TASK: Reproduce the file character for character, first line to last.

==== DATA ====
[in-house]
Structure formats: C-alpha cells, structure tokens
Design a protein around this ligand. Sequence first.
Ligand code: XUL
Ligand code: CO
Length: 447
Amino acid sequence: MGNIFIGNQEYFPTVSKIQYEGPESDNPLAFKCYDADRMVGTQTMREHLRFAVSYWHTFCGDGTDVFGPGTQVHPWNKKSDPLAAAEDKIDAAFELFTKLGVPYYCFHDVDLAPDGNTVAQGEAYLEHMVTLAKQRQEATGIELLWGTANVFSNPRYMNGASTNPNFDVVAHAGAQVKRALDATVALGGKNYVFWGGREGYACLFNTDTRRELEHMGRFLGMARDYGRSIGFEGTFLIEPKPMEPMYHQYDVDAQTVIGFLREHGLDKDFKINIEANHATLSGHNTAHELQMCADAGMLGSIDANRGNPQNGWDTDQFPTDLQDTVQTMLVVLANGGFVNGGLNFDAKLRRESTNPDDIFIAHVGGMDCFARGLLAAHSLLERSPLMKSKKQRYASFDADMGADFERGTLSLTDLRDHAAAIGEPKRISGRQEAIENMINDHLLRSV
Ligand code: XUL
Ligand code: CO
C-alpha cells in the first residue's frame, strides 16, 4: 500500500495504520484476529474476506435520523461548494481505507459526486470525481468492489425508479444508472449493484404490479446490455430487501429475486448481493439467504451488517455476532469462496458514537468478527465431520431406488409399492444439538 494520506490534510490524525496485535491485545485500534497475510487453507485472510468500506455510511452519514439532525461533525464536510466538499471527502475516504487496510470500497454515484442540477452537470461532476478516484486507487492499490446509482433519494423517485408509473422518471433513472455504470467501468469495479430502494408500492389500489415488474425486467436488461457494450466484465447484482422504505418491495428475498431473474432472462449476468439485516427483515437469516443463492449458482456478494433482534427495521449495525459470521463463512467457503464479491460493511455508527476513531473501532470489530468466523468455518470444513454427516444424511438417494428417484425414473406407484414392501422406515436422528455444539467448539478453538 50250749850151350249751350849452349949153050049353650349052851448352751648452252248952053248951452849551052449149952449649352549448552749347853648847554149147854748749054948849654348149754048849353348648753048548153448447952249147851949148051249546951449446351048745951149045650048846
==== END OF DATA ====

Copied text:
[in-house]
Structure formats: C-alpha cells, structure tokens
Design a protein around this ligand. Sequence first.
Ligand code: XUL
Ligand code: CO
Length: 447
Amino acid sequence: MGNIFIGNQEYFPTVSKIQYEGPESDNPLAFKCYDADRMVGTQTMREHLRFAVSYWHTFCGDGTDVFGPGTQVHPWNKKSDPLAAAEDKIDAAFELFTKLGVPYYCFHDVDLAPDGNTVAQGEAYLEHMVTLAKQRQEATGIELLWGTANVFSNPRYMNGASTNPNFDVVAHAGAQVKRALDATVALGGKNYVFWGGREGYACLFNTDTRRELEHMGRFLGMARDYGRSIGFEGTFLIEPKPMEPMYHQYDVDAQTVIGFLREHGLDKDFKINIEANHATLSGHNTAHELQMCADAGMLGSIDANRGNPQNGWDTDQFPTDLQDTVQTMLVVLANGGFVNGGLNFDAKLRRESTNPDDIFIAHVGGMDCFARGLLAAHSLLERSPLMKSKKQRYASFDADMGADFERGTLSLTDLRDHAAAIGEPKRISGRQEAIENMINDHLLRSV
Ligand code: XUL
Ligand code: CO
C-alpha cells in the first residue's frame, strides 16, 4: 500500500495504520484476529474476506435520523461548494481505507459526486470525481468492489425508479444508472449493484404490479446490455430487501429475486448481493439467504451488517455476532469462496458514537468478527465431520431406488409399492444439538 494520506490534510490524525496485535491485545485500534497475510487453507485472510468500506455510511452519514439532525461533525464536510466538499471527502475516504487496510470500497454515484442540477452537470461532476478516484486507487492499490446509482433519494423517485408509473422518471433513472455504470467501468469495479430502494408500492389500489415488474425486467436488461457494450466484465447484482422504505418491495428475498431473474432472462449476468439485516427483515437469516443463492449458482456478494433482534427495521449495525459470521463463512467457503464479491460493511455508527476513531473501532470489530468466523468455518470444513454427516444424511438417494428417484425414473406407484414392501422406515436422528455444539467448539478453538 50250749850151350249751350849452349949153050049353650349052851448352751648452252248952053248951452849551052449149952449649352549448552749347853648847554149147854748749054948849654348149754048849353348648753048548153448447952249147851949148051249546951449446351048745951149045650048846